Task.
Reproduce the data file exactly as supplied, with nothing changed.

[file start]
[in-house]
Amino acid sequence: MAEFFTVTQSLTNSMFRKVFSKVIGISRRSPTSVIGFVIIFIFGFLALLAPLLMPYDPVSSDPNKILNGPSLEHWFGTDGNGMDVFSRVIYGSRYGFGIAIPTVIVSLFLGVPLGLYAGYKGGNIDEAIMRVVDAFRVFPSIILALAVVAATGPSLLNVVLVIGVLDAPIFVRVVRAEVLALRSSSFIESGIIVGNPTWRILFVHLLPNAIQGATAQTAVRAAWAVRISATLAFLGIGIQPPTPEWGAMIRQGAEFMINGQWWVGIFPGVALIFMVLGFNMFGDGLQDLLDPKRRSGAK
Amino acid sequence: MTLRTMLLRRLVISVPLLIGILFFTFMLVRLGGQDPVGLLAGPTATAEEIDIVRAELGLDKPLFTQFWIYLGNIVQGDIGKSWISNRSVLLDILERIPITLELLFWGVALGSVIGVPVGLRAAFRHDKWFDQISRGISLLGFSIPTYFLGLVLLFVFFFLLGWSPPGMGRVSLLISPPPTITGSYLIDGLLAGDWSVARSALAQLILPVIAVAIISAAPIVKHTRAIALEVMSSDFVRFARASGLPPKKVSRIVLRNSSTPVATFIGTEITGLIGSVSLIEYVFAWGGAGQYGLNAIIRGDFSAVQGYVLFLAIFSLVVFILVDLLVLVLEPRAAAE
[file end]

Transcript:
[in-house]
Amino acid sequence: MAEFFTVTQSLTNSMFRKVFSKVIGISRRSPTSVIGFVIIFIFGFLALLAPLLMPYDPVSSDPNKILNGPSLEHWFGTDGNGMDVFSRVIYGSRYGFGIAIPTVIVSLFLGVPLGLYAGYKGGNIDEAIMRVVDAFRVFPSIILALAVVAATGPSLLNVVLVIGVLDAPIFVRVVRAEVLALRSSSFIESGIIVGNPTWRILFVHLLPNAIQGATAQTAVRAAWAVRISATLAFLGIGIQPPTPEWGAMIRQGAEFMINGQWWVGIFPGVALIFMVLGFNMFGDGLQDLLDPKRRSGAK
Amino acid sequence: MTLRTMLLRRLVISVPLLIGILFFTFMLVRLGGQDPVGLLAGPTATAEEIDIVRAELGLDKPLFTQFWIYLGNIVQGDIGKSWISNRSVLLDILERIPITLELLFWGVALGSVIGVPVGLRAAFRHDKWFDQISRGISLLGFSIPTYFLGLVLLFVFFFLLGWSPPGMGRVSLLISPPPTITGSYLIDGLLAGDWSVARSALAQLILPVIAVAIISAAPIVKHTRAIALEVMSSDFVRFARASGLPPKKVSRIVLRNSSTPVATFIGTEITGLIGSVSLIEYVFAWGGAGQYGLNAIIRGDFSAVQGYVLFLAIFSLVVFILVDLLVLVLEPRAAAE